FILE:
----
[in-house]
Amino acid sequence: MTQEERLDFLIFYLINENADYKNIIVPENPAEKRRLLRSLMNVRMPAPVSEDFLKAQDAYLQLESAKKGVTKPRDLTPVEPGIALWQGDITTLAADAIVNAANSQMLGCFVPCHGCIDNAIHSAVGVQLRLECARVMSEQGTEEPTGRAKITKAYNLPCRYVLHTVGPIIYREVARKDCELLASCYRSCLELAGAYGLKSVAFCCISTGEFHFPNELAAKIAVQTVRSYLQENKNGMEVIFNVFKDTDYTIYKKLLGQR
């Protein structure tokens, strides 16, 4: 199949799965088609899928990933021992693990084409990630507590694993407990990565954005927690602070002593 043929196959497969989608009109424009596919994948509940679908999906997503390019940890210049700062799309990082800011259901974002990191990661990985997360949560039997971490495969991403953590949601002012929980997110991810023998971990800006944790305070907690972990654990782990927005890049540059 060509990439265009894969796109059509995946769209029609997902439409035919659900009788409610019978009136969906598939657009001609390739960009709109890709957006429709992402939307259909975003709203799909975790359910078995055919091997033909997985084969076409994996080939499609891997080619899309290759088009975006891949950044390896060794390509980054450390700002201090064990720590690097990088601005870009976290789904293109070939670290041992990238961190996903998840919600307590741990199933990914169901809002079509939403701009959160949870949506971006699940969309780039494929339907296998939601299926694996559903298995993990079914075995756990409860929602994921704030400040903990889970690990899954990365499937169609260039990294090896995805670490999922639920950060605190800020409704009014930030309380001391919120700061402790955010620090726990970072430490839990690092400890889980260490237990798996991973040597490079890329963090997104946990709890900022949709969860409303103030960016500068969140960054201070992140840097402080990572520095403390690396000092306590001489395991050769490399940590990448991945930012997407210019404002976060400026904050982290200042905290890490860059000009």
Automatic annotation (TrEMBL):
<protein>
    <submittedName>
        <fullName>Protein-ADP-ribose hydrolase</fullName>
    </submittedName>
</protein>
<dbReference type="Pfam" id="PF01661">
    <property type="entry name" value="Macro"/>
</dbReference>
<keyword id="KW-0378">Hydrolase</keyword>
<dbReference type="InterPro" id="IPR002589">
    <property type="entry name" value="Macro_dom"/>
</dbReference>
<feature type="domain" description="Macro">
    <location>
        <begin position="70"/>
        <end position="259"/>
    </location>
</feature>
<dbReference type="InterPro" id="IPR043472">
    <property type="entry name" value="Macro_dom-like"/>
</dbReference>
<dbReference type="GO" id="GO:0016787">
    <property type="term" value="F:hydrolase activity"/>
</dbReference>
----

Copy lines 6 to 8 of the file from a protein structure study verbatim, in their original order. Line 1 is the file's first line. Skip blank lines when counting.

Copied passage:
    <submittedName>
        <fullName>Protein-ADP-ribose hydrolase</fullName>
    </submittedName>